What Food Gardening Gives Us

What Food Gardening Gives Us

It is the citrus season here. Walk around this neighborhood and you’ll see oranges, lemons, and grapefruit bowing down the trees. I don’t grow Seville oranges but one year I picked them off the ground near a local park where they had fallen.

I made marmalade with them.  Last weekend our neighborhood held a citrus exchange at the local school.

Knowing that there is a ready source of vitamin C just outside the door gives me a sense of security. It’s not that I could feed a family from my efforts in the garden, but I know it helps.

I learned to garden from my father. In our vegetable garden, he grew potatoes, carrots, Jerusalem artichokes, beans, peas, lettuce, beets, parsley, thyme, and tomatoes. The fruit trees carried so many plums that to this day I can’t stand the taste of them. We had them stewed with a little sugar for dessert the entire month they were in season, as we did in turn with the pears and the apples we also grew. There were oranges and lemons in the winter. Dad made lemonade, and my mother and grandmother made lemon and orange cakes. For eggs, we had a ready supply from our hens.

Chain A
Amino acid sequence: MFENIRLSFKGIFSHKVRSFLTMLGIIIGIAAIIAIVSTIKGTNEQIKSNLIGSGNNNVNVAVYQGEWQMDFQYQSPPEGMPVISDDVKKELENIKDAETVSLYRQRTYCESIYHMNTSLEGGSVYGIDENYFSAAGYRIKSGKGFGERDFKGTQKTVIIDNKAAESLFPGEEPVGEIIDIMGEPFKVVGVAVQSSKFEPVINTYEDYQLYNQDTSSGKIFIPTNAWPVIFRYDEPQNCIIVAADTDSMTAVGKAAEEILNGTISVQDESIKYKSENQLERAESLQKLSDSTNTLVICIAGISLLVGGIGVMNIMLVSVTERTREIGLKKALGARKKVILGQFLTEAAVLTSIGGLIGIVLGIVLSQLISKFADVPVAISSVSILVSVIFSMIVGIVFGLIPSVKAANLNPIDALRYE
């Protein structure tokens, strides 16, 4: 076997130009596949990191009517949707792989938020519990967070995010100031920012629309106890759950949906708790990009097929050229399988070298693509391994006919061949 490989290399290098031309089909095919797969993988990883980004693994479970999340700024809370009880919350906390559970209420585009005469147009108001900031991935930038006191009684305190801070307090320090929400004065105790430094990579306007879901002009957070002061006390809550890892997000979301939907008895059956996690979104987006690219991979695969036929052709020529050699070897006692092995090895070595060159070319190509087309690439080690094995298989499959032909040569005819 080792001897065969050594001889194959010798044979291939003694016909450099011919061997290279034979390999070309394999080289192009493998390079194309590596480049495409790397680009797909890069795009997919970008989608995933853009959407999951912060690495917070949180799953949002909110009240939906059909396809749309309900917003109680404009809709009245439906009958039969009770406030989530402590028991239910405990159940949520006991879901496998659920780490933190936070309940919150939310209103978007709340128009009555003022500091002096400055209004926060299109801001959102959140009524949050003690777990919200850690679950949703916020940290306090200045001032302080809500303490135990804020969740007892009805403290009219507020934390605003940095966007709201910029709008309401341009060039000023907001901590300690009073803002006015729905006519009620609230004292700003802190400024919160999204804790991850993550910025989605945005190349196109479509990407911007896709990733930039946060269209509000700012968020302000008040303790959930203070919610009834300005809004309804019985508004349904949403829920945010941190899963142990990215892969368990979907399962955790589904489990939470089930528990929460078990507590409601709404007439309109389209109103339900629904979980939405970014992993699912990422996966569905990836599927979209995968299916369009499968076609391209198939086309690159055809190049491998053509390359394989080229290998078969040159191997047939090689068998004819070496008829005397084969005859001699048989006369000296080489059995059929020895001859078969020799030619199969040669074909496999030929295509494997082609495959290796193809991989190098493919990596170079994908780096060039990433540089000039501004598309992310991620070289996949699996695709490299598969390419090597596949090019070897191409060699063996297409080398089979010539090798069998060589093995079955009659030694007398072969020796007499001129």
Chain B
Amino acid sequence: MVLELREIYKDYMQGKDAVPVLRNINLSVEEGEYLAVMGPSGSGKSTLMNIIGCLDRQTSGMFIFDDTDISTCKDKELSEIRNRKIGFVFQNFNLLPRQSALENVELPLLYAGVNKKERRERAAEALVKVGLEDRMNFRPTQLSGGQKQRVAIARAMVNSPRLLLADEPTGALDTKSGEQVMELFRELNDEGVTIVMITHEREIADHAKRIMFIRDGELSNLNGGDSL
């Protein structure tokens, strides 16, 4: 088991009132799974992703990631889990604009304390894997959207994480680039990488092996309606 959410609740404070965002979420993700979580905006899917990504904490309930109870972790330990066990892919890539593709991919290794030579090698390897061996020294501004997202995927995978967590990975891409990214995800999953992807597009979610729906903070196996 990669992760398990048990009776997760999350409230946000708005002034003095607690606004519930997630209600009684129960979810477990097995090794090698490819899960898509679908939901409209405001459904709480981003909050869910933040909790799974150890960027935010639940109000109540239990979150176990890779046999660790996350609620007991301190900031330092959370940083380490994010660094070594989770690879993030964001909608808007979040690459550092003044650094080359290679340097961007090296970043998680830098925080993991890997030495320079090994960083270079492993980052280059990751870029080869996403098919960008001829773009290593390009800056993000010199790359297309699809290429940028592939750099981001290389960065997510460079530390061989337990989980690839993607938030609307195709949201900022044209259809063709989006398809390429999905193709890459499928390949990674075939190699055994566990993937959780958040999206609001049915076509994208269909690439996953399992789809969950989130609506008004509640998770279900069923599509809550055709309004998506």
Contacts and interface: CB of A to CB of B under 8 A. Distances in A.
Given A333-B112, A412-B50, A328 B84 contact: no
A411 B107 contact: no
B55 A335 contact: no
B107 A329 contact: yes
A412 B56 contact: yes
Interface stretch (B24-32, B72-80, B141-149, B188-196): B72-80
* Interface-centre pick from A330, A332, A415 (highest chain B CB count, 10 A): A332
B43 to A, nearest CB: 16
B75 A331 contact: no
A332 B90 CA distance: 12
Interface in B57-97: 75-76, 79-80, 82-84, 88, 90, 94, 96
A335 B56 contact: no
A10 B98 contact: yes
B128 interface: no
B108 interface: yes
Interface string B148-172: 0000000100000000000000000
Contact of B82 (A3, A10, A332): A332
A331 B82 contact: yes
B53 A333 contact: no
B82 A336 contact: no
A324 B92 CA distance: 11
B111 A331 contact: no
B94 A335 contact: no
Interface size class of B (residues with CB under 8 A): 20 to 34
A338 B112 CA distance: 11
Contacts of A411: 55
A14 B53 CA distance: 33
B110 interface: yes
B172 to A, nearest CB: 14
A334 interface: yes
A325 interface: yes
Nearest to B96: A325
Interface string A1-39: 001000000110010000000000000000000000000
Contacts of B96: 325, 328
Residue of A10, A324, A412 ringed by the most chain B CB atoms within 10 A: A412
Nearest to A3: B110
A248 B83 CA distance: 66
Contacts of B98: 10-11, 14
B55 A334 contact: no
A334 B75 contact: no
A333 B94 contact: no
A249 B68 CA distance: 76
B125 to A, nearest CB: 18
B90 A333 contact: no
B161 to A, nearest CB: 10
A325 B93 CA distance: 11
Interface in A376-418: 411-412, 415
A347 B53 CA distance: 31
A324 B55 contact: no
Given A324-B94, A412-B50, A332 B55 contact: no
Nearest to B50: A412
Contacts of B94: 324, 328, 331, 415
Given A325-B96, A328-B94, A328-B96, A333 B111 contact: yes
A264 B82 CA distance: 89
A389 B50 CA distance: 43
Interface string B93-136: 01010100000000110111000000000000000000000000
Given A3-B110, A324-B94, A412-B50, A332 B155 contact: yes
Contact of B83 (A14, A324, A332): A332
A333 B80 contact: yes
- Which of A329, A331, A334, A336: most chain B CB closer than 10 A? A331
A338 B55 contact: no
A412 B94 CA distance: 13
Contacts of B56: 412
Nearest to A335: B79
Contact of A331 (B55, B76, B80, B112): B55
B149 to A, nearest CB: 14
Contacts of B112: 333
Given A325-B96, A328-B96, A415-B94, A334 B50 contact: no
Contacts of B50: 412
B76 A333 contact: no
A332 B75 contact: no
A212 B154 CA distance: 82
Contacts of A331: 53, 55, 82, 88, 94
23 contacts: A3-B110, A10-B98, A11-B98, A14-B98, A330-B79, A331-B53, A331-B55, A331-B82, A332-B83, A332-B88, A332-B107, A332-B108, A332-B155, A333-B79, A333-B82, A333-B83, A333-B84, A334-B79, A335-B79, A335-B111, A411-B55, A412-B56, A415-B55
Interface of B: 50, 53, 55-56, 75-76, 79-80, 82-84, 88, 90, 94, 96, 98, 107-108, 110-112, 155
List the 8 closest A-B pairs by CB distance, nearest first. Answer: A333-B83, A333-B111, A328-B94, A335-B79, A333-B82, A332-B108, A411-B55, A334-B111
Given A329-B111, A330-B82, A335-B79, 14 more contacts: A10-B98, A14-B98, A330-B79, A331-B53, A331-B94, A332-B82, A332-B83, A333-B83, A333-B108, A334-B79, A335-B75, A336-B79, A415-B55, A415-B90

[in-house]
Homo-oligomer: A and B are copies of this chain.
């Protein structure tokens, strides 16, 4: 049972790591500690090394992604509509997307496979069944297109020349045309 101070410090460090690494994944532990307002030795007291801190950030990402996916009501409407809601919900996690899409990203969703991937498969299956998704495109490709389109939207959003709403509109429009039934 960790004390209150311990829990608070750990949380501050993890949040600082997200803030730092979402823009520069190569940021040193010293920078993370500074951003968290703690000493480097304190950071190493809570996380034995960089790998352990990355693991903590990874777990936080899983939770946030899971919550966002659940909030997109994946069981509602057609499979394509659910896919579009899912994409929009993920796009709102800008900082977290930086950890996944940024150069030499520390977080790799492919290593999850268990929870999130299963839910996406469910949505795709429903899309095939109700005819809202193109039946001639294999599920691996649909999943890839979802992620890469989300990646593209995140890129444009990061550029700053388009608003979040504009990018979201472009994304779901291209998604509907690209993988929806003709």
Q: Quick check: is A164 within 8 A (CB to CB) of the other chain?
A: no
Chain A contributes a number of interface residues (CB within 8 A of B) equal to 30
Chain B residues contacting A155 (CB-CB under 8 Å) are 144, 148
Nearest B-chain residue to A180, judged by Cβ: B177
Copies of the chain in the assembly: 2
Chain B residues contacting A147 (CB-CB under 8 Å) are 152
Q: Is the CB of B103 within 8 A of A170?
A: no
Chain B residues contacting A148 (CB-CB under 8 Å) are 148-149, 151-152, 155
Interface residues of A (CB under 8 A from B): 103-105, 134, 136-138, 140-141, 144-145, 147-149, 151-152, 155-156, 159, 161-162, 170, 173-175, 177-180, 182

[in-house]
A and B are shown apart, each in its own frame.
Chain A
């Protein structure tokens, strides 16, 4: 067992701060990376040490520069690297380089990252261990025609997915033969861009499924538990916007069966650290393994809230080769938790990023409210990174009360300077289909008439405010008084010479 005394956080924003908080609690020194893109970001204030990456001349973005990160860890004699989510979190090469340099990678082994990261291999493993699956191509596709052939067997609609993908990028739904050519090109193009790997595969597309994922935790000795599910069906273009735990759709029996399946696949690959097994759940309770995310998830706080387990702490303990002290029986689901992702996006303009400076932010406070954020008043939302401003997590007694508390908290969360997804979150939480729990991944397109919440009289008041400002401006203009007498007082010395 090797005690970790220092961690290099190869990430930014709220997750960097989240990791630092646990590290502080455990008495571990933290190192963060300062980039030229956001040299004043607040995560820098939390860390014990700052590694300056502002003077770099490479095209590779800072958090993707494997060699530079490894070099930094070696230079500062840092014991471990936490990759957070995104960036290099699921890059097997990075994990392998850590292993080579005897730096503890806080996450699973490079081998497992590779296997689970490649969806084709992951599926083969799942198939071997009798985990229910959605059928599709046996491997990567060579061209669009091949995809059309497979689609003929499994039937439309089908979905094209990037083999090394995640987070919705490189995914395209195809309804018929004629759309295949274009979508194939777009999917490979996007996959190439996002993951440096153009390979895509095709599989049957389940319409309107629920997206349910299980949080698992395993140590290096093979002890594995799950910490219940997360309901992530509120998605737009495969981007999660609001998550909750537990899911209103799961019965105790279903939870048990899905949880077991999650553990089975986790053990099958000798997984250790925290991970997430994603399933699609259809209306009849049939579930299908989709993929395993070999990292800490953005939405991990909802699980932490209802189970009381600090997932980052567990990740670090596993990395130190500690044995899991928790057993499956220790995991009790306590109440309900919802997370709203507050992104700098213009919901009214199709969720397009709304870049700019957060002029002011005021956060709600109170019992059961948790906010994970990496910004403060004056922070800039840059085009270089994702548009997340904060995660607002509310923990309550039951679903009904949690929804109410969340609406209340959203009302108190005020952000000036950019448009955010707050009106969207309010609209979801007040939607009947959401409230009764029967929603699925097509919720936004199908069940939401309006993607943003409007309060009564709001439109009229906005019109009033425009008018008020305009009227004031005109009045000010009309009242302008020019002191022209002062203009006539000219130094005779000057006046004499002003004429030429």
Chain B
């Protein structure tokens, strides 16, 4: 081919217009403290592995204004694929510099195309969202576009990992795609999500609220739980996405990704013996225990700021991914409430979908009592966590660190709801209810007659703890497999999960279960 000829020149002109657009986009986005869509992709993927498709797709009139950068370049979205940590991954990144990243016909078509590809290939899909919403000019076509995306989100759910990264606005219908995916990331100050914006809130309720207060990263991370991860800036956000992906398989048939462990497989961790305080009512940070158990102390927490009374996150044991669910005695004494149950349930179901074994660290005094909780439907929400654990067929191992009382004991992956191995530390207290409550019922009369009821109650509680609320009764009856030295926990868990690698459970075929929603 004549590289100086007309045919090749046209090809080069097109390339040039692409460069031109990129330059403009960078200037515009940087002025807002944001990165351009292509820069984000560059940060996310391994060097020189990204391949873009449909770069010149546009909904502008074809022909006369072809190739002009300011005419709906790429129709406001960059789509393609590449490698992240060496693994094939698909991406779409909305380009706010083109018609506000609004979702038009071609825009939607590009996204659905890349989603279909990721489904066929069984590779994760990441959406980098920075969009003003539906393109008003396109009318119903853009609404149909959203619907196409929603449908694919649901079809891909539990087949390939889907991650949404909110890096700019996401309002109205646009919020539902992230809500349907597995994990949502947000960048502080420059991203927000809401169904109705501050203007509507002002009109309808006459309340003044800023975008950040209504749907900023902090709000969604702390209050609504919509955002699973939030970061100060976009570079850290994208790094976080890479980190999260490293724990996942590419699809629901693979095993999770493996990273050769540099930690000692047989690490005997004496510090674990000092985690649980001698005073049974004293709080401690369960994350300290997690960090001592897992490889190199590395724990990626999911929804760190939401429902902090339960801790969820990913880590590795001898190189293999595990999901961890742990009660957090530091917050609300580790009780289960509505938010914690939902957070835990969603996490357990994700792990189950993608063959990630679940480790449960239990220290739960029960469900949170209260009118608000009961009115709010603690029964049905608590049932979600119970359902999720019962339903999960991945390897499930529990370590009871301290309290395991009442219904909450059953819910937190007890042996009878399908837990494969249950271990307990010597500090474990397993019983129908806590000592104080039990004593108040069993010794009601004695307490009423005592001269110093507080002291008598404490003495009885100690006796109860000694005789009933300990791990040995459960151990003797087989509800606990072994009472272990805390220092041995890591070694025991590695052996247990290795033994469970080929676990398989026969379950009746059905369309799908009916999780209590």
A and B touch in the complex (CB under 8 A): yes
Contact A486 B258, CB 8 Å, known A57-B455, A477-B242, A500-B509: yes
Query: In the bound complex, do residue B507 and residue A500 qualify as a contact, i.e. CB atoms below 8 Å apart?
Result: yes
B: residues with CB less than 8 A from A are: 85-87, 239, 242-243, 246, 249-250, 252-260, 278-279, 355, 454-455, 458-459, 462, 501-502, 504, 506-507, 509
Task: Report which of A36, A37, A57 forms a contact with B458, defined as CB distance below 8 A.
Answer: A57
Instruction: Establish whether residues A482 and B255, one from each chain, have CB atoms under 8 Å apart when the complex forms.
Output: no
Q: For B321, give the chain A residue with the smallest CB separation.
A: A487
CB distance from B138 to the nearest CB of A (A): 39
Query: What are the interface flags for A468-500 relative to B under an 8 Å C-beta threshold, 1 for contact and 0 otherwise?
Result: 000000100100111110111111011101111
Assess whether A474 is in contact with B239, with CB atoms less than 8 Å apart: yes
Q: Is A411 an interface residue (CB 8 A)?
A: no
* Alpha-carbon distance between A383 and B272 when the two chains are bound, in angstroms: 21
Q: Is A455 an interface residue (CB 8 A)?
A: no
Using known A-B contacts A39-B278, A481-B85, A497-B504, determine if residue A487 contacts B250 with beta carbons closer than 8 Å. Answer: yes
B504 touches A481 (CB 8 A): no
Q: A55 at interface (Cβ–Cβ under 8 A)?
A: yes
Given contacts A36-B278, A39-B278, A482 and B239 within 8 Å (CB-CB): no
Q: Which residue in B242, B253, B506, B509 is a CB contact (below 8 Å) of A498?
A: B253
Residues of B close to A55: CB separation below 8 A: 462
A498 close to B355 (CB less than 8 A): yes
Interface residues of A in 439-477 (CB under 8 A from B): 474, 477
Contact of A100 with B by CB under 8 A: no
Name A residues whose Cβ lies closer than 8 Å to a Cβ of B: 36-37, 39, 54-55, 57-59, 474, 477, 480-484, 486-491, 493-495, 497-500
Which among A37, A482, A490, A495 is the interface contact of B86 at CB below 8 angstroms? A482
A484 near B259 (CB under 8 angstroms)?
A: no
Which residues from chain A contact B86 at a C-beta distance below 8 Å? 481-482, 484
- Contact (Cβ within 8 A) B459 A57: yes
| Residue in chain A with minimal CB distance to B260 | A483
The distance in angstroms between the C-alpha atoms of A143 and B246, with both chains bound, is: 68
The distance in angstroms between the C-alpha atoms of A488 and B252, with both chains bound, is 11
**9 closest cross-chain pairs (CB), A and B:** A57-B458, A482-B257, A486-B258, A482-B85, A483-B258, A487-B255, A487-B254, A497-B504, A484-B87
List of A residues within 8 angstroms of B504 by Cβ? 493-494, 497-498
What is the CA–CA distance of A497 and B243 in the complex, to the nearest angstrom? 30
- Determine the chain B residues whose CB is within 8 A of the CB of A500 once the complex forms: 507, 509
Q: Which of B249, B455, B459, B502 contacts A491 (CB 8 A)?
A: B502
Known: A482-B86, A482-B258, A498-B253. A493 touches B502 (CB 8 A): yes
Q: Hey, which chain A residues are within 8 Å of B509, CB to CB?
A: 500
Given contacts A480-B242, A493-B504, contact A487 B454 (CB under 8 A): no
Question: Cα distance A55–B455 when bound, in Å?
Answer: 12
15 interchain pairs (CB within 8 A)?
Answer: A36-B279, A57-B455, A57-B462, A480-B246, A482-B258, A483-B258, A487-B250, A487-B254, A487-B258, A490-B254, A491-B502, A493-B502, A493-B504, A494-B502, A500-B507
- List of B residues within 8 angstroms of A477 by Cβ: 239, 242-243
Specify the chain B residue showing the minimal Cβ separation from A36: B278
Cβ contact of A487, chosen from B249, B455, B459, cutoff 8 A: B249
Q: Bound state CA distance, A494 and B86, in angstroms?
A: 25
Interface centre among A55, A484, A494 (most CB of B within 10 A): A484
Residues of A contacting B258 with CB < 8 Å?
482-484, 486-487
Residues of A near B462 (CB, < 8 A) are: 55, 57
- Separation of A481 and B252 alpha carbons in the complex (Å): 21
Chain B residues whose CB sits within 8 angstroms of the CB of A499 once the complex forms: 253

My innate optimism comes from the underlying sense of trust in my father’s competence imbued in me. I was no rival to this competence, being his daughter, but was simply inspired by it. As a very little girl, I loved my mother reading me the “Little Golden Books.” One of the stories was about a French postmaster and his wife, their cow, and their strawberry patch. The postman was laid off from work. He threw up his hands in despair. His wife, practical as French housewives so often are, reassured him. We will make ice cream, she told him, from the cream and the strawberries, and children will come, and we will be able to make a living. So, it came about, and they all lived happily ever after. Possibly I read this tale at a period of insecurity in our lives. The story always calmed me and still does. When faced with a problem, it tells me, to slow down and think about it and the solution will come from my inner resources.

It was also a lesson about using what’s in your backyard. I’ve carried that with me all my life.